Welcome to our mid-September recap of top headlines and stories in the bitcoin and fintech world. This week’s edition includes some epic generosity, a World Economic Forum (WEF) interview with our very own Peter Smith, and according to the Washington Post, the ‘bizarre world of bitcoin mining’. Read on for that and more below.
A bitcoin donor’s epic generosity provides for an entire school
On September 13th, the Water Project received its largest donation to date when 2 transactions, totaling 38 bitcoins (worth $23,000 USD at press time), were made anonymously. The charity took to reddit to thank the unknown do-gooder whose contribution is enough to “provide clean, safe water and sanitation facilities to an entire school and for the monitoring and repair funds to keep it working for years to come”.
The nonprofit says they will most likely use the donation for a well water mission in Sierra Leone. Details will be announced on the Water Project’s Bitcoin Donation Page and the group will work with BitGive’s transparency project to give an auditable account of donations received.
Congrats to the Water Project! We’re excited to see the spotlight on such an influential, important organization that demonstrates bitcoin’s benefits for nonprofits.
Pioneering of ideas for blockchain technology
Earlier this summer, Blockchain was named a technology pioneer by the WEF. In this live Facebook question and answer video with Fulvia Montresor from the World Economic Forum, Blockchain Co-Founder Peter Smith speaks about how technological innovations in digital currency will impact the financial space and the world over the next several years.
Overstock expands its bitcoin reach
The bitcoin blockchain has been in hot demand over the past year or two, as more people have learned about it and have been testing how to use it. One such use case is a blockchain trading platform developed by Overstock subsidiary tØ.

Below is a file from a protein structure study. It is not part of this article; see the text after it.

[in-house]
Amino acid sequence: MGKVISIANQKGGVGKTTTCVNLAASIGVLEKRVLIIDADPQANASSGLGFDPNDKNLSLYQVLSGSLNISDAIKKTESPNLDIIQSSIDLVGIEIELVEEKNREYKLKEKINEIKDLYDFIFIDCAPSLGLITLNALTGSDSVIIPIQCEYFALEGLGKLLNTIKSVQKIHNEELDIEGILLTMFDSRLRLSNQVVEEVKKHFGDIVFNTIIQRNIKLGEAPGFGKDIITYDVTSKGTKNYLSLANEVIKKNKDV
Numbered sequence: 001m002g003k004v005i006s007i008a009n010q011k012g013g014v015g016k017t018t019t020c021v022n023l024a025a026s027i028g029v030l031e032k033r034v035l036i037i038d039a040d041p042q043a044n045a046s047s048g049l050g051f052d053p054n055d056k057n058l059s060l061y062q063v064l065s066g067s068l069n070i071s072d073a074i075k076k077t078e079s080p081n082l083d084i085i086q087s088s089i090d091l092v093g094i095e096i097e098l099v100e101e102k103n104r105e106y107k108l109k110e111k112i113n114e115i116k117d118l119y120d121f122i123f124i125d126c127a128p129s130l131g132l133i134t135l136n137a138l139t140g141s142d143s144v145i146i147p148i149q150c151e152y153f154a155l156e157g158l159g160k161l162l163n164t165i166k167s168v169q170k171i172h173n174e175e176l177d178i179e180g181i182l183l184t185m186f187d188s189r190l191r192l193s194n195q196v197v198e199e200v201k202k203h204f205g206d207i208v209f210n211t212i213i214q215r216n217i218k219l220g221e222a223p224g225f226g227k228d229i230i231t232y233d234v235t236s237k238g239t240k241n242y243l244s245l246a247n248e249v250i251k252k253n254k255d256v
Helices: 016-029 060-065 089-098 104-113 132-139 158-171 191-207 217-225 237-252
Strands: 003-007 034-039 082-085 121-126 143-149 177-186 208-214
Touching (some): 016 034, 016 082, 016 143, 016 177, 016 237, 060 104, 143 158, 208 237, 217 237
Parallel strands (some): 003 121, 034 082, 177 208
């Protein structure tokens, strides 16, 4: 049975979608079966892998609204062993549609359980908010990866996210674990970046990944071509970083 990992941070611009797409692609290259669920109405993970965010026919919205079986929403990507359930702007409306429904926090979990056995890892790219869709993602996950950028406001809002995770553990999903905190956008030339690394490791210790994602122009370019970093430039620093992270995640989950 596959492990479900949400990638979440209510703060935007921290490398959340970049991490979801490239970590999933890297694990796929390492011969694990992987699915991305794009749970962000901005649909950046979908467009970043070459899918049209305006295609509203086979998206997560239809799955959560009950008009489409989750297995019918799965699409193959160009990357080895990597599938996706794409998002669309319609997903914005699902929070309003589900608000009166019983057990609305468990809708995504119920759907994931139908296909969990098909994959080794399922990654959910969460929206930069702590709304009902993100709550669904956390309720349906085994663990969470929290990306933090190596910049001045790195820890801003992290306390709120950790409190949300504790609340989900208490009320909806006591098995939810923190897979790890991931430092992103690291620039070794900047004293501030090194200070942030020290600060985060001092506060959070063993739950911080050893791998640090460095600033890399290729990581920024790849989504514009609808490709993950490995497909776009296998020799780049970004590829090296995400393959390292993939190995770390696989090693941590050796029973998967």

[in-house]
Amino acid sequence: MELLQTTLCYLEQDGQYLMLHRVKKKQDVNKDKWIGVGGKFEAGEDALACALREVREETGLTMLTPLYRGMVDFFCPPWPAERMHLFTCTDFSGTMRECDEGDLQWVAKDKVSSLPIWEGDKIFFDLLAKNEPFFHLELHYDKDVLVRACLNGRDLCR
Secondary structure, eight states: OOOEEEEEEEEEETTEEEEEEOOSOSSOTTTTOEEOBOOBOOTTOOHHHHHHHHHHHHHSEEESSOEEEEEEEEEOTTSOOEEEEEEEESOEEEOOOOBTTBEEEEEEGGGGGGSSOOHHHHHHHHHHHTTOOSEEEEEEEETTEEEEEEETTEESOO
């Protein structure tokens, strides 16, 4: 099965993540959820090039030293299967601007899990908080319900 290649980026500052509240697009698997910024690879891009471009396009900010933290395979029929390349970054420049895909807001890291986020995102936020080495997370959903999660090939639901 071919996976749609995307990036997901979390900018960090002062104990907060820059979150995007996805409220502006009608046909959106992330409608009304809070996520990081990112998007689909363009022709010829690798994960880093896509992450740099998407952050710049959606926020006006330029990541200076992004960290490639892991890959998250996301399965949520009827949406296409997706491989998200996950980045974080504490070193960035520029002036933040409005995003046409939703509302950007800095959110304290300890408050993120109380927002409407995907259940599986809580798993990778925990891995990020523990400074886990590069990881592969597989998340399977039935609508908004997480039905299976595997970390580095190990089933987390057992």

Announced this week, Announced this week, we learned that tØ has partnered with Keystone Capital Corporation to continue the blockchain trading project which launched in late 2014. The new partnership looks to provide brokerage and trading services to users on the tØ platform.
Where bitcoin mining has been establishing its roots
Bitmain, which runs the successful bitcoin pool Antpool, has launched a second mining pool. Unlike Antpool, the new pool will be open and public to its community of users.
Mining for bitcoin for the most part has become a largely successful operation in China, where the conditions to mine bitcoin are optimal. This week, the Washington Post covered mining, with a piece entitled The bizarre world of bitcoin ‘mining’ finds a new home in Tibet. Coincidentally (or maybe not!), we learned this week that the bitcoin mining difficulty has increased for the fourth time since the bitcoin halving; some argue though that the declining profitability for new miners threatens bitcoin’s decentralization value proposition. What do you think? Let us know in the comments.
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